Simon Sinek’s ‘How great leaders inspire action’ remains one of the most popular TED talks ever. Sinek says ‘people don’t buy what you do, they buy why you do it.’ Research from a cross-section of industries has proven that organisations that put their ‘why’ at the centre of everything they do are more likely to have motivated employees, loyal customers and continuously improving product, processes and profitability.
While fundamentals such as product design, the supply chain, marketing, sales and cash flow cannot be ignored, people wanting to grow their organisations could benefit by thinking about their products and services through the ‘so what’ lens rather than simply the ‘what’ lens. How are your products and services, (your ‘what’) going to leave your customers and your community in a better place (your ‘so what’).
Not for profit organisations know that increasingly funders are not so much interested in what they do, but the difference their work makes. Accordingly, they are developing systems to help them focus on, measure and report the short-term changes (outcomes) and longer-term benefits (impact) of their work. Similarly, businesses benefit when their measurements of success are not simply historical financial results but include non-financial key performance indicators focused on the behaviours that drive the desired organisational results.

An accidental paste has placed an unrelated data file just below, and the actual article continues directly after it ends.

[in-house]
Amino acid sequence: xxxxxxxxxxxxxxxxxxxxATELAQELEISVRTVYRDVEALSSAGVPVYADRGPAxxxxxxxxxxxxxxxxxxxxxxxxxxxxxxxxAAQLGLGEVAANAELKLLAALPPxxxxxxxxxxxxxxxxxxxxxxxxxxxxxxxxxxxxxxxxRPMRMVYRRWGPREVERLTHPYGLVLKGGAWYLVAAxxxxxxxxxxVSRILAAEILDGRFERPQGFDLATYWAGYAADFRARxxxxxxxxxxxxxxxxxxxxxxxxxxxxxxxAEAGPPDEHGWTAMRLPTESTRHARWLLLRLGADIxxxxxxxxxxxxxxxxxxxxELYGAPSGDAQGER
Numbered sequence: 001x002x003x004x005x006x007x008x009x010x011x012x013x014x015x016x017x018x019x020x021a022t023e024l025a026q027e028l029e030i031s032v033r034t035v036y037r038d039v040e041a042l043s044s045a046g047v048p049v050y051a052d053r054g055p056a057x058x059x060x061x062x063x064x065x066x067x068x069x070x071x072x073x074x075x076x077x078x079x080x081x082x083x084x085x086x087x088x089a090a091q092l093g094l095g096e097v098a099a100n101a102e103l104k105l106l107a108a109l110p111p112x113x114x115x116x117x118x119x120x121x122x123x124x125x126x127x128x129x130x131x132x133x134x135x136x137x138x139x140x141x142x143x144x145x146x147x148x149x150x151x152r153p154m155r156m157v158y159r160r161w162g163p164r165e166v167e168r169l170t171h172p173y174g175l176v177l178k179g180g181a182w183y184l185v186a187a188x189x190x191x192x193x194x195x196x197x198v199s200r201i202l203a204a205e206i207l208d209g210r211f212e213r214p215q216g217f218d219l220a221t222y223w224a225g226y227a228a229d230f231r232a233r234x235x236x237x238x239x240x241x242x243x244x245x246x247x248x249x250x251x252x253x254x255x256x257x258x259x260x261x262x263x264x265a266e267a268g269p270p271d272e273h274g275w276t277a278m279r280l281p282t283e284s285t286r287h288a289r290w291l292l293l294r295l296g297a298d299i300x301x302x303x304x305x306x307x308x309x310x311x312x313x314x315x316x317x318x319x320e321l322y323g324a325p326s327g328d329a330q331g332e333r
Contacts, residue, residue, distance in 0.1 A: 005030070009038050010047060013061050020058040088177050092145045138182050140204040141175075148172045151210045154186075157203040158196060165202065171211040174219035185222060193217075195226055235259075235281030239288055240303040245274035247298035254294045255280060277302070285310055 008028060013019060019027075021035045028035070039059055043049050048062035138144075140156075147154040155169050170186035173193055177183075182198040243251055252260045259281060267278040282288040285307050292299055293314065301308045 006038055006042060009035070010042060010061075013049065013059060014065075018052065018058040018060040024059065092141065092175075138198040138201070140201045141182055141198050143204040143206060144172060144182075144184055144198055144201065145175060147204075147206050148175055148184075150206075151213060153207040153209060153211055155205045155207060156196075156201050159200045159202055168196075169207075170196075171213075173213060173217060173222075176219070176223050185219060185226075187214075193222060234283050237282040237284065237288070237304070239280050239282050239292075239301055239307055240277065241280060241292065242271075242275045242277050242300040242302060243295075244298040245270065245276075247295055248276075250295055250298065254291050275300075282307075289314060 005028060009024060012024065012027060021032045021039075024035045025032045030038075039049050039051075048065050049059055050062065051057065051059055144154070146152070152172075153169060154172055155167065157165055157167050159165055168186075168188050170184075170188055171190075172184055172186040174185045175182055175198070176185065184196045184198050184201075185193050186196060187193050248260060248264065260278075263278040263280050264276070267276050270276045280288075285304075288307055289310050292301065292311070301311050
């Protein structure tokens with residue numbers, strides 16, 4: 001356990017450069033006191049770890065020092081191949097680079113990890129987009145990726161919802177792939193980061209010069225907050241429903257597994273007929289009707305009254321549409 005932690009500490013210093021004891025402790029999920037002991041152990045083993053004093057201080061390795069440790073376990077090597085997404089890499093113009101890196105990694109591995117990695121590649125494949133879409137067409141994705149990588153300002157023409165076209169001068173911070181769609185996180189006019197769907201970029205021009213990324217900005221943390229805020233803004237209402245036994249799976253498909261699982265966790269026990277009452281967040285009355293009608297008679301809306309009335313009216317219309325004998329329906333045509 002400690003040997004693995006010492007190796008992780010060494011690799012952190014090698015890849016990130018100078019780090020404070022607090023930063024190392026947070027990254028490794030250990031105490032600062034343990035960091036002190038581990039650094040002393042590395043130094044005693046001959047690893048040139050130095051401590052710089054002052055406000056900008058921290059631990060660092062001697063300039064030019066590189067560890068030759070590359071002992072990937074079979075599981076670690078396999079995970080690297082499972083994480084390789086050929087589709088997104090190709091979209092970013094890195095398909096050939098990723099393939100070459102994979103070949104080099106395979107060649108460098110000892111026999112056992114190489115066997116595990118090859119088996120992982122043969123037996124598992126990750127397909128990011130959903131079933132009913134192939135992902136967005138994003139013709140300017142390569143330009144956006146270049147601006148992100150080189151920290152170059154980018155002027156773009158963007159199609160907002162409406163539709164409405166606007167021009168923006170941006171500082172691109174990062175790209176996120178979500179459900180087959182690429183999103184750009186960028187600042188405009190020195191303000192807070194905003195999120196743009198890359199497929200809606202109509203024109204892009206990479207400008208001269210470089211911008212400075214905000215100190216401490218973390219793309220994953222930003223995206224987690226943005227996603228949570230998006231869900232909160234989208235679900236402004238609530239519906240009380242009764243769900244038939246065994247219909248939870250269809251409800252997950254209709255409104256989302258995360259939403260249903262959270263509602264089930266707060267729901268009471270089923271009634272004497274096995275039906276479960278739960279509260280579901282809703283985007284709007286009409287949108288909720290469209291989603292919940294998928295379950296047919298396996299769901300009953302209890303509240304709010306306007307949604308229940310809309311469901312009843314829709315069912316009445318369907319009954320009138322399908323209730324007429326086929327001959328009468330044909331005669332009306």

Leaders who understand, communicate and prioritise their organisation’s ‘why’ in decision making are inspirational. The common understanding of why what they do is important unifies the team, improves efficiencies and frees up time and energy for innovation.
Why not What
This article was first published in the Mercury Bay Informer of 5 February 2020. See www.theinformer.co.nz